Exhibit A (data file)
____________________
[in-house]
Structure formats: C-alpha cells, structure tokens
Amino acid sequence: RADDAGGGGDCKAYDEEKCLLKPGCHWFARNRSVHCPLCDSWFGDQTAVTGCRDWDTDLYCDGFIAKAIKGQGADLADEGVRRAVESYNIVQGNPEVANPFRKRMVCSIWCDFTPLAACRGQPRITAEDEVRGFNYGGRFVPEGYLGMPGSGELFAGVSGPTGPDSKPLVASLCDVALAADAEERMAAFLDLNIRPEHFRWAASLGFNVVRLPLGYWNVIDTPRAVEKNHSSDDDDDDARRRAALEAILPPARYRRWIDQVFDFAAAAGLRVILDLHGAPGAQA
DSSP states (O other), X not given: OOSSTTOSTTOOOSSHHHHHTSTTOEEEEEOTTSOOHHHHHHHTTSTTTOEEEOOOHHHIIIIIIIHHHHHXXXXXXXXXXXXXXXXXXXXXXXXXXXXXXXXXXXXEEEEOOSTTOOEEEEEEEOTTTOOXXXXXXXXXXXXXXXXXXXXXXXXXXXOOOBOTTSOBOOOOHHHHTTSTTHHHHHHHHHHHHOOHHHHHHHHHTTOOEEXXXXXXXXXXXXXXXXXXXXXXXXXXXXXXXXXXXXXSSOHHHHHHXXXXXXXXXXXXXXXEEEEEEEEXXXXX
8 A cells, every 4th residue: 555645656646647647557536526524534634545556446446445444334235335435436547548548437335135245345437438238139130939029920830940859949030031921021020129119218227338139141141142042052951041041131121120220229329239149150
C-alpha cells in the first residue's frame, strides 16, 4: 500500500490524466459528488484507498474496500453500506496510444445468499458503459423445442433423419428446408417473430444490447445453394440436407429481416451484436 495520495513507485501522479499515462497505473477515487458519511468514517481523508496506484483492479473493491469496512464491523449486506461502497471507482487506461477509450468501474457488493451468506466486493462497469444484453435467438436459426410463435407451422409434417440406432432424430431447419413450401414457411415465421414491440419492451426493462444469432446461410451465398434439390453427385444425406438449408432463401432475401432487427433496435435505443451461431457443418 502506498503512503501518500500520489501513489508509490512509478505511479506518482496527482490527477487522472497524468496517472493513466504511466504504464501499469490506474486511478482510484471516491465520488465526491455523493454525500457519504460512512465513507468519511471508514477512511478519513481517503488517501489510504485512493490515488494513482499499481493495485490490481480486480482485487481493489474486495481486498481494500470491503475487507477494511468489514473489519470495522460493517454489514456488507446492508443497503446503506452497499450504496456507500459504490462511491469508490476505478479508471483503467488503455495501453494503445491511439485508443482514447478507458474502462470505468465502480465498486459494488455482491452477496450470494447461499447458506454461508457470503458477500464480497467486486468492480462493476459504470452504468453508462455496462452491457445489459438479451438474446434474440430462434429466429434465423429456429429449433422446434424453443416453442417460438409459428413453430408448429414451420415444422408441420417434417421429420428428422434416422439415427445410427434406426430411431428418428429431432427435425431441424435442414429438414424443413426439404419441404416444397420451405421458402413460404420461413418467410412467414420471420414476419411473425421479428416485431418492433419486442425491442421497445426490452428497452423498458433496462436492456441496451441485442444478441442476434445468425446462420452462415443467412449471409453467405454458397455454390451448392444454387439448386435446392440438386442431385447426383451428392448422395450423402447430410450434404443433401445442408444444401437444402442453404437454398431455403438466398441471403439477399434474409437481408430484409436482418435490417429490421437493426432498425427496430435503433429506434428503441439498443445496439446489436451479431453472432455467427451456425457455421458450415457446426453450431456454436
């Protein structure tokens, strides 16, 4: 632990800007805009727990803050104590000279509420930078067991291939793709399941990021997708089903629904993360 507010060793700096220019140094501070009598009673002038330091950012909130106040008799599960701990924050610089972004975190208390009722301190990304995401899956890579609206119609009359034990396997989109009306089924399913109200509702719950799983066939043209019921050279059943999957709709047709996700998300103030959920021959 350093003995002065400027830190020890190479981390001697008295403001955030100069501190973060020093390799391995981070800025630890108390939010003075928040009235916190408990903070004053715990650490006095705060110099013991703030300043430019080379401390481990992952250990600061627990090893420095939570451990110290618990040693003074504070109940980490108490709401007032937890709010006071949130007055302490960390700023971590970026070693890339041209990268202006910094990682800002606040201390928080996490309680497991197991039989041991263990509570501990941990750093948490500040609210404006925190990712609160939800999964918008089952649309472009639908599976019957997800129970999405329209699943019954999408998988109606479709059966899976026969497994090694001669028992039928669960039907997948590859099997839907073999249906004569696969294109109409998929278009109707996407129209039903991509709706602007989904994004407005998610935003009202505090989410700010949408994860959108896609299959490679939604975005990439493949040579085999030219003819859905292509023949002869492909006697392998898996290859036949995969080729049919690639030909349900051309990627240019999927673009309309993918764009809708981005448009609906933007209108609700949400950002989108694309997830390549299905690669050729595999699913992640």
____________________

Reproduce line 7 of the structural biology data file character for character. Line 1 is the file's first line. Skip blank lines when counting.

């Protein structure tokens, strides 16, 4: 632990800007805009727990803050104590000279509420930078067991291939793709399941990021997708089903629904993360 507010060793700096220019140094501070009598009673002038330091950012909130106040008799599960701990924050610089972004975190208390009722301190990304995401899956890579609206119609009359034990396997989109009306089924399913109200509702719950799983066939043209019921050279059943999957709709047709996700998300103030959920021959 350093003995002065400027830190020890190479981390001697008295403001955030100069501190973060020093390799391995981070800025630890108390939010003075928040009235916190408990903070004053715990650490006095705060110099013991703030300043430019080379401390481990992952250990600061627990090893420095939570451990110290618990040693003074504070109940980490108490709401007032937890709010006071949130007055302490960390700023971590970026070693890339041209990268202006910094990682800002606040201390928080996490309680497991197991039989041991263990509570501990941990750093948490500040609210404006925190990712609160939800999964918008089952649309472009639908599976019957997800129970999405329209699943019954999408998988109606479709059966899976026969497994090694001669028992039928669960039907997948590859099997839907073999249906004569696969294109109409998929278009109707996407129209039903991509709706602007989904994004407005998610935003009202505090989410700010949408994860959108896609299959490679939604975005990439493949040579085999030219003819859905292509023949002869492909006697392998898996290859036949995969080729049919690639030909349900051309990627240019999927673009309309993918764009809708981005448009609906933007209108609700949400950002989108694309997830390549299905690669050729595999699913992640």